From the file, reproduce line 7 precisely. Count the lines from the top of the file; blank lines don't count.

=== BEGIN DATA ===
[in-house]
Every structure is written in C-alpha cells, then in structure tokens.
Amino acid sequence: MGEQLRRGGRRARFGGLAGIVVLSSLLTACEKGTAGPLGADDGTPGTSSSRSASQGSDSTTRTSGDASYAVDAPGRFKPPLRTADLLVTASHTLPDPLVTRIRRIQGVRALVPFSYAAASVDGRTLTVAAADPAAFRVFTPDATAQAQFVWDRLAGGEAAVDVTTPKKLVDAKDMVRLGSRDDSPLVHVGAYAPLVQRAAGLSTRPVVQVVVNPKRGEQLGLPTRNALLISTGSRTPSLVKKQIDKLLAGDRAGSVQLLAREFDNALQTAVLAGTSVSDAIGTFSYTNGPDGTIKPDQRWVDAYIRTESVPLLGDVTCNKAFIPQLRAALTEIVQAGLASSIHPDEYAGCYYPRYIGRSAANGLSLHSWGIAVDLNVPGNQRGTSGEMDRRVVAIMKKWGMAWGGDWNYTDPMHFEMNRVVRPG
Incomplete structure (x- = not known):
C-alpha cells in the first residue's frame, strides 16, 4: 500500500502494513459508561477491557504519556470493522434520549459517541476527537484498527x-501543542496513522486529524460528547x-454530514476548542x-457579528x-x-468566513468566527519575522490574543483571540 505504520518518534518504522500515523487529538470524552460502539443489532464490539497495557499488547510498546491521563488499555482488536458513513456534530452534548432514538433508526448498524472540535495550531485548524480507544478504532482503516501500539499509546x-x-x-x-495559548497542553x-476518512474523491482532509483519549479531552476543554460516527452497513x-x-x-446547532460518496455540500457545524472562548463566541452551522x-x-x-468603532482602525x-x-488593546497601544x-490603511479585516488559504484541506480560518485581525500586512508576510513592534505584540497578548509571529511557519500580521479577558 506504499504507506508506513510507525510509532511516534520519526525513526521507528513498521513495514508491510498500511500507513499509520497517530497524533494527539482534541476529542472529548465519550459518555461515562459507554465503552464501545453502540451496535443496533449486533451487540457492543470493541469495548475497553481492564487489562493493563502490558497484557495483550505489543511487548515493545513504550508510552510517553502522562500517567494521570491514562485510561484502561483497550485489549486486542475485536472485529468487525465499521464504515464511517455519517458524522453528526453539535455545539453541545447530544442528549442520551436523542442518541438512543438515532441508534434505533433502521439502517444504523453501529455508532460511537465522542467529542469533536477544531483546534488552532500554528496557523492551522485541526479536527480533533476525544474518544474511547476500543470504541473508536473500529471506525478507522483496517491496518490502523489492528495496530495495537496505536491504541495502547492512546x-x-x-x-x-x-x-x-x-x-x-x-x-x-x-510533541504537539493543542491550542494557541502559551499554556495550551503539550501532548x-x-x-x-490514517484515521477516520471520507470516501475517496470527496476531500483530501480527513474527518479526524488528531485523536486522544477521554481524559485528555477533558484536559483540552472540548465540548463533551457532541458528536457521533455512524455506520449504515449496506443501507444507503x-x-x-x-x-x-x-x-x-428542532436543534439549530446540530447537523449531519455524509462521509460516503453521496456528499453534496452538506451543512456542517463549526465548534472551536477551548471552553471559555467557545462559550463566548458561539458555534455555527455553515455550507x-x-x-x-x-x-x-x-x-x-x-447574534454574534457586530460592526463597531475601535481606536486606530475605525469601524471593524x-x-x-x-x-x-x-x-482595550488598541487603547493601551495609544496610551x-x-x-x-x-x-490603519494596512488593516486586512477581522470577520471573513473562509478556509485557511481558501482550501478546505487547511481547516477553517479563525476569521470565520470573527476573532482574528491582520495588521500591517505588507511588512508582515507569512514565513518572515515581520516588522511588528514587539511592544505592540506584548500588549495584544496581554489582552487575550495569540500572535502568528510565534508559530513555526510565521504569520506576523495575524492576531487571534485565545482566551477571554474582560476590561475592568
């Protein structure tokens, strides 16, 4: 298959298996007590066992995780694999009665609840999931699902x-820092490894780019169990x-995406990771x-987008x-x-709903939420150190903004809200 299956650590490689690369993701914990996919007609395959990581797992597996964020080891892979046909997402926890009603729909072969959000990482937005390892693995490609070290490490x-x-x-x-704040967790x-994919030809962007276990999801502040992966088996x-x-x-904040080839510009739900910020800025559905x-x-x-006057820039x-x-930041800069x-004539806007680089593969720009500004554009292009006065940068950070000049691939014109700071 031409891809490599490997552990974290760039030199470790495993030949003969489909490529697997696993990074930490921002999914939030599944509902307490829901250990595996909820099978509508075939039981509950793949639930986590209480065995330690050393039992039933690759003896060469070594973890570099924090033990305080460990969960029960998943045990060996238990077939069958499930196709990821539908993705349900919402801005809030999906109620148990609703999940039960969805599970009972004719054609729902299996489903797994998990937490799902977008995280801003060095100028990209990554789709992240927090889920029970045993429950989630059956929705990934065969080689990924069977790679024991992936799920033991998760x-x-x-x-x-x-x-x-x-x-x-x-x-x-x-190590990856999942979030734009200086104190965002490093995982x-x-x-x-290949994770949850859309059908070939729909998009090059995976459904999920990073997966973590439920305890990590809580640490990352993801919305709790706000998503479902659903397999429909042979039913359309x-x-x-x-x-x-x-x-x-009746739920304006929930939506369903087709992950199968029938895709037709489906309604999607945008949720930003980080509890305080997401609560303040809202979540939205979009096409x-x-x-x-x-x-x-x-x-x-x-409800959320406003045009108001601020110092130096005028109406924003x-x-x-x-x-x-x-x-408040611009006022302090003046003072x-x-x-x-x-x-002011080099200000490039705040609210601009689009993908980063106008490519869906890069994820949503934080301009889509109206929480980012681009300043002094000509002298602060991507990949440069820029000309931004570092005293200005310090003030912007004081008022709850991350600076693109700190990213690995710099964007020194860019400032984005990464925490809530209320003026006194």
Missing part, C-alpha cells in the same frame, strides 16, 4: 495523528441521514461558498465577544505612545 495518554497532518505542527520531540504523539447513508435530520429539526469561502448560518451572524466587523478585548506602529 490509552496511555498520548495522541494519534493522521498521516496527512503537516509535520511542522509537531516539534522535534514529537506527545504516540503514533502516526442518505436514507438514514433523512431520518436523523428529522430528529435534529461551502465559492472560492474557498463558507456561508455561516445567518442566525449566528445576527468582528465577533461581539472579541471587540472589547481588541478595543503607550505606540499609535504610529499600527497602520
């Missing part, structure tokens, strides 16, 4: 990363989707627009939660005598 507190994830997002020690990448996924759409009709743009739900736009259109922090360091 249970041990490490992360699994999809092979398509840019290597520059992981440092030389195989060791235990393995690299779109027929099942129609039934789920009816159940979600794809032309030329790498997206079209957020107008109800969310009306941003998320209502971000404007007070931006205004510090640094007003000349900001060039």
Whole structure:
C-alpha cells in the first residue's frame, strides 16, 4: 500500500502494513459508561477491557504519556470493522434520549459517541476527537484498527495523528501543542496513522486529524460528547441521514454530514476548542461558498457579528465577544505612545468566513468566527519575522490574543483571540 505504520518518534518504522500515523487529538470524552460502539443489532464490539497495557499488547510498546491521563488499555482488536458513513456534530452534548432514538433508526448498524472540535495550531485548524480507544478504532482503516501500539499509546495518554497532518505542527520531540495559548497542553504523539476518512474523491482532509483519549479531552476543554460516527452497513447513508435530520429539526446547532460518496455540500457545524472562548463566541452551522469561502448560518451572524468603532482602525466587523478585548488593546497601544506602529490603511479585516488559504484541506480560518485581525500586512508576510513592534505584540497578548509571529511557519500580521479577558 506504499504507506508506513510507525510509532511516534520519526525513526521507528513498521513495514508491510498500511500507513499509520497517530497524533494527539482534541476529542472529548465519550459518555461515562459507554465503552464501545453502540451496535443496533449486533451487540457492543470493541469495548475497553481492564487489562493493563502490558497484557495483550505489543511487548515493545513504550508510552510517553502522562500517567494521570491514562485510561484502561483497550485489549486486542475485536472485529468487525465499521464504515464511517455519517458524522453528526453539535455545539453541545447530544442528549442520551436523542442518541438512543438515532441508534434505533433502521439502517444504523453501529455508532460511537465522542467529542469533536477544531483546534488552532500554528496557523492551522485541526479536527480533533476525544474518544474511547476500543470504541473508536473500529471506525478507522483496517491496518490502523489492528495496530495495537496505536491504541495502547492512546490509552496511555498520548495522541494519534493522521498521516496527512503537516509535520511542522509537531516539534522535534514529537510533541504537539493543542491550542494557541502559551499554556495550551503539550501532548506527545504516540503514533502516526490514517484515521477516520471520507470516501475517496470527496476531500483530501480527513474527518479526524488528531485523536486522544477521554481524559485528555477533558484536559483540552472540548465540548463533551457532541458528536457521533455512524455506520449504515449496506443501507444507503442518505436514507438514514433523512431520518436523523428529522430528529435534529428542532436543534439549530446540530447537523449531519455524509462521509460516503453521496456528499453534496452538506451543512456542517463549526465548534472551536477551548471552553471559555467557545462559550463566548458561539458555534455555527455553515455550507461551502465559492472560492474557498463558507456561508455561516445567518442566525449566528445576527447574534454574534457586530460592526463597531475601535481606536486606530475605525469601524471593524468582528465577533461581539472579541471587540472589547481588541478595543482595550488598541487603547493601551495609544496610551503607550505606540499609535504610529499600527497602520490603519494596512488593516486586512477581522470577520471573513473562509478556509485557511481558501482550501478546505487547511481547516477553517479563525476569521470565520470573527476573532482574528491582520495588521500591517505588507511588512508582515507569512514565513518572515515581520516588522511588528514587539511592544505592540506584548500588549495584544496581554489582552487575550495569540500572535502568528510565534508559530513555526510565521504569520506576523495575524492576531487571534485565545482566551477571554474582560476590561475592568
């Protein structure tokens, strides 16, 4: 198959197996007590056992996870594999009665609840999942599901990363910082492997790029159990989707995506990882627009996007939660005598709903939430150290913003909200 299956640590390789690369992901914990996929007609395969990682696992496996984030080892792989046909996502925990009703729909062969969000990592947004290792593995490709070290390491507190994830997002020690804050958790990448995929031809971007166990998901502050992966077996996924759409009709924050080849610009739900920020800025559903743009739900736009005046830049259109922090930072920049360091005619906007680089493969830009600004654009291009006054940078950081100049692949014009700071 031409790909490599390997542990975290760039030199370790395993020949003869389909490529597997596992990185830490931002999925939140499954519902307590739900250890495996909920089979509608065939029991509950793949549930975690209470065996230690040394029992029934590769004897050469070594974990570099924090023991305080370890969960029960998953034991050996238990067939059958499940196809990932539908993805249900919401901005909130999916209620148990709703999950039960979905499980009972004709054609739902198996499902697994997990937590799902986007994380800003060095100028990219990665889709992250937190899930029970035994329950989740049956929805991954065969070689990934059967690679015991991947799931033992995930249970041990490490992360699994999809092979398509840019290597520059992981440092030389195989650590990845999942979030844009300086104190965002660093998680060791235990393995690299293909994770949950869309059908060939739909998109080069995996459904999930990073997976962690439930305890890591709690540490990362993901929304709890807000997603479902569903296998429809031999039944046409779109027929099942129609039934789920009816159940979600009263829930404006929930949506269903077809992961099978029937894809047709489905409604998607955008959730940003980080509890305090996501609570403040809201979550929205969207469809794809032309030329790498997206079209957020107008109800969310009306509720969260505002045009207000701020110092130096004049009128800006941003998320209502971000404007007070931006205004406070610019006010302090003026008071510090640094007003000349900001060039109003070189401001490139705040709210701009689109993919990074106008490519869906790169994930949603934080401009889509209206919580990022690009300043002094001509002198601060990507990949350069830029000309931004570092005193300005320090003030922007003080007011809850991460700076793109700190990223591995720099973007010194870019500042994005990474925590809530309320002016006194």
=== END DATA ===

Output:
Missing part, C-alpha cells in the same frame, strides 16, 4: 495523528441521514461558498465577544505612545 495518554497532518505542527520531540504523539447513508435530520429539526469561502448560518451572524466587523478585548506602529 490509552496511555498520548495522541494519534493522521498521516496527512503537516509535520511542522509537531516539534522535534514529537506527545504516540503514533502516526442518505436514507438514514433523512431520518436523523428529522430528529435534529461551502465559492472560492474557498463558507456561508455561516445567518442566525449566528445576527468582528465577533461581539472579541471587540472589547481588541478595543503607550505606540499609535504610529499600527497602520